Dale Earnhardt Sr., who was hugely successful getting to victory lane on the plate tracks during his career, couldn’t stand how the plates bunched up the cars and held back his ability to pass. In typical Earnhardt style, he once said that if drivers couldn‘t handle speeds of the cars without the plates, “they should go home and tie a kerosene-soaked rag around their ankles so that the ants don't crawl up and bite their candy asses.”
He came up in the 1970s era I can only see on Speed Channel reruns … when the competitors could actually race side-by-side at these two great speedways without a gaggle of cars involved. It’s pretty thrilling to watch that stuff, and you almost forget it’s a Daytona race.

My main question is this: With a garage full of hundreds of first-class mechanics who can squeeze every little inch of horsepower out of a racing machine, not one of them can come up with a way that would slow down the cars and make the racing safer without bunching up the field and creating a race where no driver can pull away from the pack. Call me crazy, but I don’t believe that. I can’t offer you a detailed solution, as I’m not a mechanic. But I do know that a company as rich as NASCAR can afford to hire the best people in the world to find that better way, but apparently doesn’t believe it’s that important of an issue.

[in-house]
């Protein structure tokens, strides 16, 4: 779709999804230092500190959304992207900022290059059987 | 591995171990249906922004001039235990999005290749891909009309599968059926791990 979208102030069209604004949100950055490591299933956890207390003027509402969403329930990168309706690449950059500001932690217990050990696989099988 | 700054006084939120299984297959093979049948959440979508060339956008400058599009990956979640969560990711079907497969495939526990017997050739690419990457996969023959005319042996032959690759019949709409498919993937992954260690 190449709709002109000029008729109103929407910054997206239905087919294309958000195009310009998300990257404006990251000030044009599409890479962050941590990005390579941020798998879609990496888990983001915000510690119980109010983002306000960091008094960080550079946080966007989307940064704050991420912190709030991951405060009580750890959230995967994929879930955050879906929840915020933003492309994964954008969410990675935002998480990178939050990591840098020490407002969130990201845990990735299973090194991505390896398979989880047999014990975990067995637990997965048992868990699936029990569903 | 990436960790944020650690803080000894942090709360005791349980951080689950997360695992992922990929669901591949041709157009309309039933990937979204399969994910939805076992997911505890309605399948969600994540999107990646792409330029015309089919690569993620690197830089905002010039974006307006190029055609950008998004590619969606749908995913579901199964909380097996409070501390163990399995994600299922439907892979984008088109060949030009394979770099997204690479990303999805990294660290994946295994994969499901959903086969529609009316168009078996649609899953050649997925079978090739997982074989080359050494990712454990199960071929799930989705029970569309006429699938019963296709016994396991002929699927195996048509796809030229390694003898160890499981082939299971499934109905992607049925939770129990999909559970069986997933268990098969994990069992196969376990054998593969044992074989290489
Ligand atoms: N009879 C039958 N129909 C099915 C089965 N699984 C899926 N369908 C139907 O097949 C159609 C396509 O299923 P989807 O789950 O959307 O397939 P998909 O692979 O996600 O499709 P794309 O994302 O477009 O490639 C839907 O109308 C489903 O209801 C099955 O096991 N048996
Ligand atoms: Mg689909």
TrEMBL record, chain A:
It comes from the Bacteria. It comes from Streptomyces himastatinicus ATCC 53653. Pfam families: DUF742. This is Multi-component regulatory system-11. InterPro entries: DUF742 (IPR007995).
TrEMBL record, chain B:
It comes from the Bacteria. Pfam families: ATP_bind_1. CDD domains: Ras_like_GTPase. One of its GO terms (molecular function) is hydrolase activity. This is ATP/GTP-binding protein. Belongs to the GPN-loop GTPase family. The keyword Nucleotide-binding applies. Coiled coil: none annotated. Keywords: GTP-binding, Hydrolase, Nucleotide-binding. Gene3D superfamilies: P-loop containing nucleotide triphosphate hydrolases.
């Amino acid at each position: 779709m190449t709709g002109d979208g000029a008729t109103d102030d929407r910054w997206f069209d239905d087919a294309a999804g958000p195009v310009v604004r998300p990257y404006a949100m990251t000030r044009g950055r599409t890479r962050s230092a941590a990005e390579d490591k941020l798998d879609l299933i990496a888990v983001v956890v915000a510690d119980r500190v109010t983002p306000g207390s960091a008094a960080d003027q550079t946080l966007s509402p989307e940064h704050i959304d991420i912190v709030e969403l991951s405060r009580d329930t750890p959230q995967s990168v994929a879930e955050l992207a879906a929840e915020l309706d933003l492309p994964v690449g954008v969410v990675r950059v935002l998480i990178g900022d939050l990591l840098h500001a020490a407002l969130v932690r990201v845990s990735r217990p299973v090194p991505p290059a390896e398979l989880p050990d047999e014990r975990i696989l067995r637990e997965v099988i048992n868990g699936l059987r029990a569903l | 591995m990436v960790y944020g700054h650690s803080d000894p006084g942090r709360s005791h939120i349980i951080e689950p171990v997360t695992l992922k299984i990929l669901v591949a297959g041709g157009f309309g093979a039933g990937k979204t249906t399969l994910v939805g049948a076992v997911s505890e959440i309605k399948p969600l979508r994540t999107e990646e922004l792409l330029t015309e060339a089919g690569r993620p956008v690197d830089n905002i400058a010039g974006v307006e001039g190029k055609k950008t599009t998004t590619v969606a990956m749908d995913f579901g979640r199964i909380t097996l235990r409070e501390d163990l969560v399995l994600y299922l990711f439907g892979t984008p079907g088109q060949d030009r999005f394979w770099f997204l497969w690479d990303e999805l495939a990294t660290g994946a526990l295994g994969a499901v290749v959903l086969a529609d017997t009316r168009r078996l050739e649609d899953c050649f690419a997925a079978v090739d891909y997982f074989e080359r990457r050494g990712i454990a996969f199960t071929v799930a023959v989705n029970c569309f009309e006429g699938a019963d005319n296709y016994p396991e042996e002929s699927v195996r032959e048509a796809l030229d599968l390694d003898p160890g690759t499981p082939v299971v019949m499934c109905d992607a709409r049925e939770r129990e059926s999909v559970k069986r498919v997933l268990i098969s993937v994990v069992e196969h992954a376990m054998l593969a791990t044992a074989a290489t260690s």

TV broadcasters often make the whole thing worse, always saying things like, “Is the big one coming?” as if they want people to wreck, not just put on a good race. It’s pretty disgusting sometimes.
Dale Jr. seems to actually like plate racing, but other than him I think most drivers get a little queasy when they go to Daytona and Talladega. So do many fans, who wonder whether their driver will make it through the weekend without getting hurt.
The time has come to ditch the plates and slow the cars in another manner, but I know that’s about as likely as a John Andretti win, so I’m not holding my breath.

Sunday, April 20, 2008

The First Lady

She’s no longer just that girl who drives Indycars.

Fifty races into her career, Indy Racing League superstar Danica Patrick can finally call herself a winner, after playing a smart fuel mileage strategy into a victory in Japan.

Unfortunately, nobody saw it, as it was a rain-delayed event that was broadcast in the U.S. at 10 p.m. on a Saturday night on ESPN Classic -- Not exactly your best bet for good ratings.

But it doesn’t matter whether anyone saw it, it did happen and Patrick can now tell all the detractors who claimed she was just an overhyped pretty face and doubted her racing talent to quit their yapping.